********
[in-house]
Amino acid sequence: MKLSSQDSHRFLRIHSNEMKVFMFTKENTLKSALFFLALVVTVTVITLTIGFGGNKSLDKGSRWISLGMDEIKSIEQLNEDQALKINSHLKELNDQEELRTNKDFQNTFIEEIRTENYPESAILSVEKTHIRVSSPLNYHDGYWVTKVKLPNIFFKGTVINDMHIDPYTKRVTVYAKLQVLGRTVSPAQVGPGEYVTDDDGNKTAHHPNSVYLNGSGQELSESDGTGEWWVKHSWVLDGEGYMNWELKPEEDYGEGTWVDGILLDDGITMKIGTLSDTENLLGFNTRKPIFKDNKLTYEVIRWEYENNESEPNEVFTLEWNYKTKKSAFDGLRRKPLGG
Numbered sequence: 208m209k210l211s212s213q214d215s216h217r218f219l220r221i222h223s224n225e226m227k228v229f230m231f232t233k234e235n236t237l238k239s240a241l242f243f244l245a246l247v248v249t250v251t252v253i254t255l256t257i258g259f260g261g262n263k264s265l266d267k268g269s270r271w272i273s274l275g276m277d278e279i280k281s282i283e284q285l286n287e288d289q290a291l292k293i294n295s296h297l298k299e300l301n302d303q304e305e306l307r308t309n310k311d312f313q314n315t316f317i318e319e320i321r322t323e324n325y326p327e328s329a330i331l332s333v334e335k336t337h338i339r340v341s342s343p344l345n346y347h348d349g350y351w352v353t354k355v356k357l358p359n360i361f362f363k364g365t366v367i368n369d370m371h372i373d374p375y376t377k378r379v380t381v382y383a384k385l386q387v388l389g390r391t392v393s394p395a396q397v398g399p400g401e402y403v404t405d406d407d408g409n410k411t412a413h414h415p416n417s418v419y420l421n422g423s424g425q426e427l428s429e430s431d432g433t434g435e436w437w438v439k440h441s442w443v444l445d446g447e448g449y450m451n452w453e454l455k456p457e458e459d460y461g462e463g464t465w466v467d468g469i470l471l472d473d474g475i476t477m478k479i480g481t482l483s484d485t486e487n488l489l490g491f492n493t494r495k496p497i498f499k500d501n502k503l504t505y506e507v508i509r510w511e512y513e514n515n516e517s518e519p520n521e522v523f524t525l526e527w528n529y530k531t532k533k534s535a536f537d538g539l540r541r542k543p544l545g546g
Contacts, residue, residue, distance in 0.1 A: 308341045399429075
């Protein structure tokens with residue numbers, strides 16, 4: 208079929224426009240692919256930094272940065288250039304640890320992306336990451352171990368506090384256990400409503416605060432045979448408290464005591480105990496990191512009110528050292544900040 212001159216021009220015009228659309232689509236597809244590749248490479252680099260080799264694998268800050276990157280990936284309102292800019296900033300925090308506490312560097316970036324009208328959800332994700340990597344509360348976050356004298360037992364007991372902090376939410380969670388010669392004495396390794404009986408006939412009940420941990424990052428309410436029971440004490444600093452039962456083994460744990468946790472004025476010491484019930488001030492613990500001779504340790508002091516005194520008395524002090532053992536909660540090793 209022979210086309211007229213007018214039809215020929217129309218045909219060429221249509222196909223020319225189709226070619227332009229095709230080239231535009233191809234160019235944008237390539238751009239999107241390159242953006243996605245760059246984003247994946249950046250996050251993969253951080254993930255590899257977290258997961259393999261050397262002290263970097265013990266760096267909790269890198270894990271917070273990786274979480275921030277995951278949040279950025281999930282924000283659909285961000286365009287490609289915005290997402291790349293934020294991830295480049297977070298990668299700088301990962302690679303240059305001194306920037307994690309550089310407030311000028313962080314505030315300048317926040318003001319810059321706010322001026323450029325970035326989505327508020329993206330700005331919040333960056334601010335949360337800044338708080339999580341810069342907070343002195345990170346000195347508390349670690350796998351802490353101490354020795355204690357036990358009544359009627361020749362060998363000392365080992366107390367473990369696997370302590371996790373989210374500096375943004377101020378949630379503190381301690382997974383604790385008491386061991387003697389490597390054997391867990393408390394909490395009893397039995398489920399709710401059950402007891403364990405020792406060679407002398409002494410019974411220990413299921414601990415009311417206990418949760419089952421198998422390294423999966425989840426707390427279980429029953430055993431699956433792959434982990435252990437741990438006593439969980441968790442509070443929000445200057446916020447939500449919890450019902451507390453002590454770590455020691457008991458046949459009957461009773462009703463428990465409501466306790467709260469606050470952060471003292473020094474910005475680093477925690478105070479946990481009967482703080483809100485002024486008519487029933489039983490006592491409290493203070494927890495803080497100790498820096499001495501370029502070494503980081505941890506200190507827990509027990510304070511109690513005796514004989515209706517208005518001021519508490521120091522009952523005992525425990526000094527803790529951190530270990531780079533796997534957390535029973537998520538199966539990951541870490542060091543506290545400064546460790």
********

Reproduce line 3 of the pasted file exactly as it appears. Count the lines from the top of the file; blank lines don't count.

Numbered sequence: 208m209k210l211s212s213q214d215s216h217r218f219l220r221i222h223s224n225e226m227k228v229f230m231f232t233k234e235n236t237l238k239s240a241l242f243f244l245a246l247v248v249t250v251t252v253i254t255l256t257i258g259f260g261g262n263k264s265l266d267k268g269s270r271w272i273s274l275g276m277d278e279i280k281s282i283e284q285l286n287e288d289q290a291l292k293i294n295s296h297l298k299e300l301n302d303q304e305e306l307r308t309n310k311d312f313q314n315t316f317i318e319e320i321r322t323e324n325y326p327e328s329a330i331l332s333v334e335k336t337h338i339r340v341s342s343p344l345n346y347h348d349g350y351w352v353t354k355v356k357l358p359n360i361f362f363k364g365t366v367i368n369d370m371h372i373d374p375y376t377k378r379v380t381v382y383a384k385l386q387v388l389g390r391t392v393s394p395a396q397v398g399p400g401e402y403v404t405d406d407d408g409n410k411t412a413h414h415p416n417s418v419y420l421n422g423s424g425q426e427l428s429e430s431d432g433t434g435e436w437w438v439k440h441s442w443v444l445d446g447e448g449y450m451n452w453e454l455k456p457e458e459d460y461g462e463g464t465w466v467d468g469i470l471l472d473d474g475i476t477m478k479i480g481t482l483s484d485t486e487n488l489l490g491f492n493t494r495k496p497i498f499k500d501n502k503l504t505y506e507v508i509r510w511e512y513e514n515n516e517s518e519p520n521e522v523f524t525l526e527w528n529y530k531t532k533k534s535a536f537d538g539l540r541r542k543p544l545g546g